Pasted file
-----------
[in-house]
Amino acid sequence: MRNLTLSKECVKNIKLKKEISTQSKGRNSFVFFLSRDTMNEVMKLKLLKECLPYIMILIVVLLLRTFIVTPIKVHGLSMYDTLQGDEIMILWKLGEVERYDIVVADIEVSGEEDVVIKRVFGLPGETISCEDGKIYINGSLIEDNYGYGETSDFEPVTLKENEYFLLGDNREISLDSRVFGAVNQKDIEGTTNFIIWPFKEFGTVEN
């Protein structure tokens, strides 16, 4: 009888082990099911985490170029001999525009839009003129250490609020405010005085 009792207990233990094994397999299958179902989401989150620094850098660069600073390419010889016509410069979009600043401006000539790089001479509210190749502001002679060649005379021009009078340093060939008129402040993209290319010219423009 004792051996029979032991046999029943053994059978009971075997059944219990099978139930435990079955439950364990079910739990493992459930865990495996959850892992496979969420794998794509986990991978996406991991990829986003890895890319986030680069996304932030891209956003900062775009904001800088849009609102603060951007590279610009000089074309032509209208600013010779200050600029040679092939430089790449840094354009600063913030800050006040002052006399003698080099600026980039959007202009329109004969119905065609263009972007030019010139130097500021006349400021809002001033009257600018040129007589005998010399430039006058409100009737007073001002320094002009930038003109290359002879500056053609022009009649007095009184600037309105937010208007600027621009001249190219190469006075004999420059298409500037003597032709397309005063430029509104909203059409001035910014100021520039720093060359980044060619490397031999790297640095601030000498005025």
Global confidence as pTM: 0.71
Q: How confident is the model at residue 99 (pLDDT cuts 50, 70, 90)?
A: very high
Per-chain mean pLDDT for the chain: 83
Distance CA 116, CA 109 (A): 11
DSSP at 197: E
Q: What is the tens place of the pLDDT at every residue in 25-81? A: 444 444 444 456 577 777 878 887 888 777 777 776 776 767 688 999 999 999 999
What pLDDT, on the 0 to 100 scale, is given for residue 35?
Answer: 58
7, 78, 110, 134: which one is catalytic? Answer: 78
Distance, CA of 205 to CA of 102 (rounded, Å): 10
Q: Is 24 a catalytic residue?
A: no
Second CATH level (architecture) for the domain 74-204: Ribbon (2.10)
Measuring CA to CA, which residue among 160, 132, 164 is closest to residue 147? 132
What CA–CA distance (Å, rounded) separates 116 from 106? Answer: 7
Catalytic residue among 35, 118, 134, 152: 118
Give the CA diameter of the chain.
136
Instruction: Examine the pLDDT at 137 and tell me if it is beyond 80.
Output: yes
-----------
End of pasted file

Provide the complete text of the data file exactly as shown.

[in-house]
Amino acid sequence: MRNLTLSKECVKNIKLKKEISTQSKGRNSFVFFLSRDTMNEVMKLKLLKECLPYIMILIVVLLLRTFIVTPIKVHGLSMYDTLQGDEIMILWKLGEVERYDIVVADIEVSGEEDVVIKRVFGLPGETISCEDGKIYINGSLIEDNYGYGETSDFEPVTLKENEYFLLGDNREISLDSRVFGAVNQKDIEGTTNFIIWPFKEFGTVEN
């Protein structure tokens, strides 16, 4: 009888082990099911985490170029001999525009839009003129250490609020405010005085 009792207990233990094994397999299958179902989401989150620094850098660069600073390419010889016509410069979009600043401006000539790089001479509210190749502001002679060649005379021009009078340093060939008129402040993209290319010219423009 004792051996029979032991046999029943053994059978009971075997059944219990099978139930435990079955439950364990079910739990493992459930865990495996959850892992496979969420794998794509986990991978996406991991990829986003890895890319986030680069996304932030891209956003900062775009904001800088849009609102603060951007590279610009000089074309032509209208600013010779200050600029040679092939430089790449840094354009600063913030800050006040002052006399003698080099600026980039959007202009329109004969119905065609263009972007030019010139130097500021006349400021809002001033009257600018040129007589005998010399430039006058409100009737007073001002320094002009930038003109290359002879500056053609022009009649007095009184600037309105937010208007600027621009001249190219190469006075004999420059298409500037003597032709397309005063430029509104909203059409001035910014100021520039720093060359980044060619490397031999790297640095601030000498005025």
Global confidence as pTM: 0.71
Q: How confident is the model at residue 99 (pLDDT cuts 50, 70, 90)?
A: very high
Per-chain mean pLDDT for the chain: 83
Distance CA 116, CA 109 (A): 11
DSSP at 197: E
Q: What is the tens place of the pLDDT at every residue in 25-81? A: 444 444 444 456 577 777 878 887 888 777 777 776 776 767 688 999 999 999 999
What pLDDT, on the 0 to 100 scale, is given for residue 35?
Answer: 58
7, 78, 110, 134: which one is catalytic? Answer: 78
Distance, CA of 205 to CA of 102 (rounded, Å): 10
Q: Is 24 a catalytic residue?
A: no
Second CATH level (architecture) for the domain 74-204: Ribbon (2.10)
Measuring CA to CA, which residue among 160, 132, 164 is closest to residue 147? 132
What CA–CA distance (Å, rounded) separates 116 from 106? Answer: 7
Catalytic residue among 35, 118, 134, 152: 118
Give the CA diameter of the chain.
136
Instruction: Examine the pLDDT at 137 and tell me if it is beyond 80.
Output: yes